Q: When you were a child, what was your response to this question: “What do you want to be when you grow up?”
A: Growing up, I witnessed individuals in my family and community struggle with unmet health care needs, which were impacted by involvement in the criminal justice system. I expected to pursue a career as a pharmacist or criminal defense attorney to address those, but finding research changed my trajectory.
Q: Share the pivotal moment in your life that helped you choose your field of study.
A: During a summer program in Chicago, I was working on an intervention study that required me to regularly visit juvenile detention centers. Upon visiting one site, these were the last words of the security guard as the door slammed behind me: “Remember to always beware of your surroundings — the inmates here may be behind bars, but they are still dangerous criminals.” Entering the dark, harsh environment, I felt shut off from the outside world. Once inside, I looked around the facility. I was the only African American male on the other side of the bars. It dawned on me that my presence as a research assistant was significant to these incarcerated individuals because they rarely had the experience of interacting with professionals who looked like them and shared similar experiences.
Our situations paralleled. Just as they had few un-incarcerated role models that represented them, I rarely had the opportunity to interact with or be mentored by professors who represented me. Both issues drive my commitment to pursue a PhD and conduct research that addresses societal injustices. My long-term goal is to establish a research program focused on the health care inequities and racial disparities in the criminal justice system.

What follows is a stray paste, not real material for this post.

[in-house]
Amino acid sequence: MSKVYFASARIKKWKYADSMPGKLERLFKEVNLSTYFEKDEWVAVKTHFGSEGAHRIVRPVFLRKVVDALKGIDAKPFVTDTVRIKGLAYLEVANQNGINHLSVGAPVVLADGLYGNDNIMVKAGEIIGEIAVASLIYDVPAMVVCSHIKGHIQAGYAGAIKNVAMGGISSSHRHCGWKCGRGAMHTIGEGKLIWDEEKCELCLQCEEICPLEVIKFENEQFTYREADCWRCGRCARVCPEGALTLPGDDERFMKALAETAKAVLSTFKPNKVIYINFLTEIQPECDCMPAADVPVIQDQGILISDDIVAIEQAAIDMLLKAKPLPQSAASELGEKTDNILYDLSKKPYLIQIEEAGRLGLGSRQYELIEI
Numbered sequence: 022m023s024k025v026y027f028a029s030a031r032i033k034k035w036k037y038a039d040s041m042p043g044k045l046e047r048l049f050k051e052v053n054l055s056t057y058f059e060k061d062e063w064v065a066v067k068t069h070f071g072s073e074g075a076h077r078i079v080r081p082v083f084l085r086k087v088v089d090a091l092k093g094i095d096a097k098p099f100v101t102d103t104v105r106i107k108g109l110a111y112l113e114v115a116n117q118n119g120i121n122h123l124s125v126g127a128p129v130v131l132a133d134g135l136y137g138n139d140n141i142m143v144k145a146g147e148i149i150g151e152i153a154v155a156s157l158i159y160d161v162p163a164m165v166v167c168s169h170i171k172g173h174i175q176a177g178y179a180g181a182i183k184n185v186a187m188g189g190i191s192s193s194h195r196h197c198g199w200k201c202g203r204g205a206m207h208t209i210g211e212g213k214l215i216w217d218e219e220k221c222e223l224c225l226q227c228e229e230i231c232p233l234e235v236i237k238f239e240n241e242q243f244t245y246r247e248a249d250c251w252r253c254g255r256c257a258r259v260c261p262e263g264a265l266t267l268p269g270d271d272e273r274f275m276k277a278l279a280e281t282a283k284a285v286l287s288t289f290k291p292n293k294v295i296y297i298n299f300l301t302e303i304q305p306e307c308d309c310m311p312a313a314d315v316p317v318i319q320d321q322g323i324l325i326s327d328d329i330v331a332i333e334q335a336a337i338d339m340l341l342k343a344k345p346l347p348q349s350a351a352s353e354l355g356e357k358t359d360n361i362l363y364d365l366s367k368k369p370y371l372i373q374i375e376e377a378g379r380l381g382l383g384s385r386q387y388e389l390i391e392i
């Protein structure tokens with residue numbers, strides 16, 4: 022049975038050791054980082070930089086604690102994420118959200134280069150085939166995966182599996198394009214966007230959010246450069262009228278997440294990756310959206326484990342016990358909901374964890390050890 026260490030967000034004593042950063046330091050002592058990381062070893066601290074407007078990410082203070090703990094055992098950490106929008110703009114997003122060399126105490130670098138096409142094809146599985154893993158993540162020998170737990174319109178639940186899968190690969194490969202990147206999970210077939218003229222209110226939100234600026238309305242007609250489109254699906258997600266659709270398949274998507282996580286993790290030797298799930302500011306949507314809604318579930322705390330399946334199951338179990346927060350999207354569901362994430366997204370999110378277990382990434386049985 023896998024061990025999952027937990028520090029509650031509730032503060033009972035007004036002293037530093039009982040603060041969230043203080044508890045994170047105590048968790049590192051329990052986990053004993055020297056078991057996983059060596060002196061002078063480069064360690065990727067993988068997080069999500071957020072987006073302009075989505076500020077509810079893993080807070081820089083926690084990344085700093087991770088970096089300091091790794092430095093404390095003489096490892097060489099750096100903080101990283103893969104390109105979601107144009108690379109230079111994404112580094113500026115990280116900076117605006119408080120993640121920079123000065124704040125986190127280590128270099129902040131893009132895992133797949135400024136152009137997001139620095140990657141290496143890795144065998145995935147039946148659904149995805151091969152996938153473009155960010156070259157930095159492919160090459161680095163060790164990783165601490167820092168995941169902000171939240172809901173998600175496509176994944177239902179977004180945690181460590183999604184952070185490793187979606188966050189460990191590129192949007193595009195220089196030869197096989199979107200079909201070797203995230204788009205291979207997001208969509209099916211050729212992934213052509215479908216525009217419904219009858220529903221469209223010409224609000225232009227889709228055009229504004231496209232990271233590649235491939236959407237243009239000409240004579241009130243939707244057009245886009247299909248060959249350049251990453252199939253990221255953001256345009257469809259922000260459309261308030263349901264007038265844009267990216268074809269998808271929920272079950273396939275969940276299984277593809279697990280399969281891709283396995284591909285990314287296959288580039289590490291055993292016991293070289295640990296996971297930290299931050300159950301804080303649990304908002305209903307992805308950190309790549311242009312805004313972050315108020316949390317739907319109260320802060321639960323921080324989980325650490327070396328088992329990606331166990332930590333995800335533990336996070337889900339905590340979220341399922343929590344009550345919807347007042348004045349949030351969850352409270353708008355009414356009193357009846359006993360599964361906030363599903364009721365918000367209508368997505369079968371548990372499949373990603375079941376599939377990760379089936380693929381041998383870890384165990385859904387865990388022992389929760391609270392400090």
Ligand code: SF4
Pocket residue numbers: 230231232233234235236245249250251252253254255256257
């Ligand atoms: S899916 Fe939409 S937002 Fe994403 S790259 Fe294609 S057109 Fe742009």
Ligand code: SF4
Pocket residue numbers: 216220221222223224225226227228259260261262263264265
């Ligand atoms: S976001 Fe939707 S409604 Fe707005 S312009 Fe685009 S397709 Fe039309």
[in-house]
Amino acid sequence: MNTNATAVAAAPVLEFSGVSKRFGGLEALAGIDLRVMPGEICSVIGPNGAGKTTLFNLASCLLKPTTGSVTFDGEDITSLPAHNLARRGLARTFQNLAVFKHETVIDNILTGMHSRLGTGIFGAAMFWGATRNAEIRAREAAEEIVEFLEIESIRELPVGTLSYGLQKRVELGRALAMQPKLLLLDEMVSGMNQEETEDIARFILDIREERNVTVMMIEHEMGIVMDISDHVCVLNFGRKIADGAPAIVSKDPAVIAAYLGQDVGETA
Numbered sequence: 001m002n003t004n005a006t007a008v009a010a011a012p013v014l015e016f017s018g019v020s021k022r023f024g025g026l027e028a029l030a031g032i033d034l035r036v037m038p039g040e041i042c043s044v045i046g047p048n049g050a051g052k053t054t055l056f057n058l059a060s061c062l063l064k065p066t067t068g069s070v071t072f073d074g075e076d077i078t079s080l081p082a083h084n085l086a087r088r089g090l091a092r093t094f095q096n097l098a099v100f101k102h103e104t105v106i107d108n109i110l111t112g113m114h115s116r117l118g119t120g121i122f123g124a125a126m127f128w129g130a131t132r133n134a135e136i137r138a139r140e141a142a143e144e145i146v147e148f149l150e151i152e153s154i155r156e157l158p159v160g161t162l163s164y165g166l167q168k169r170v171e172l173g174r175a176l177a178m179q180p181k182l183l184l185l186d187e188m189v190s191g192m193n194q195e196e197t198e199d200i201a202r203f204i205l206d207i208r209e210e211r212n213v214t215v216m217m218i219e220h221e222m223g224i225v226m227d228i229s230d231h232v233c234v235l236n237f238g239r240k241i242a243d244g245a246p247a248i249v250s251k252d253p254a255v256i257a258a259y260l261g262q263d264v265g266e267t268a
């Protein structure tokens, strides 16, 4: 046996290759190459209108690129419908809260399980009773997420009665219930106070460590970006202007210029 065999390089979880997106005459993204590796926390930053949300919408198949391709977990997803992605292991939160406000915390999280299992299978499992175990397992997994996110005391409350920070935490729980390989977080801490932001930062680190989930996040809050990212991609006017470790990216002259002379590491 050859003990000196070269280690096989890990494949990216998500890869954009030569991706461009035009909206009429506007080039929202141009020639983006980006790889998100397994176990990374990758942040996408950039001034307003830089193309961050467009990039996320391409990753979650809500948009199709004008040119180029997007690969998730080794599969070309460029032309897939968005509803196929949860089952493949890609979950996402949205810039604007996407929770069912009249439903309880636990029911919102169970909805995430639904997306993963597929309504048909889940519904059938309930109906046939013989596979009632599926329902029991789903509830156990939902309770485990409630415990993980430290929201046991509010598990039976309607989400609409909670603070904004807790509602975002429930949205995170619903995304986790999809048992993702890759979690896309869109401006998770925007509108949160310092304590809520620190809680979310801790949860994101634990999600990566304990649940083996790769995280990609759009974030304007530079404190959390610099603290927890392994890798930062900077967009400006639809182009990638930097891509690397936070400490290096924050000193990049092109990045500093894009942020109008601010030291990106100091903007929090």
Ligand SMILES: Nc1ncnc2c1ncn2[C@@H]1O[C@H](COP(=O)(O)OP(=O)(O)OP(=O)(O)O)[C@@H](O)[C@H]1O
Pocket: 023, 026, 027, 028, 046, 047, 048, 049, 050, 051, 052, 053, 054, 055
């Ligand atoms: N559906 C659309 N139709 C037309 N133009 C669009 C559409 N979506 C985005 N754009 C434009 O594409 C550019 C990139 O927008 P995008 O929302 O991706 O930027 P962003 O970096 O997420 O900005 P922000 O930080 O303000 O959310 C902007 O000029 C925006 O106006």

Q: Tell us about a time you encountered a tricky problem. How did you handle it and what did you learn from it?
A: Because of the recent, high-profile killing of people of color by police, I notice myself continuously watching the weapons of law enforcement officials. When afforded the opportunity to interact with law enforcement, though, I realize my life is not in danger. This makes me stop and evaluate my role as a researcher and African American man. The social injustices in our society impact me and other individuals every day, but the current reality does not have to be our future.
Q: Describe your research in 5 words.
A: Compassionate criminal justice system reform.
Q: What are your passions outside of research?
A: On the weekends you can probably find me in the woods hunting, fishing, hiking, or riding ATVs. My best memories involve laughing and joking with my family while we cookout or enjoy a seafood boil. I consider myself a grill-master-in-training and my second career may involve southern BBQ with only vinegar-based sauce.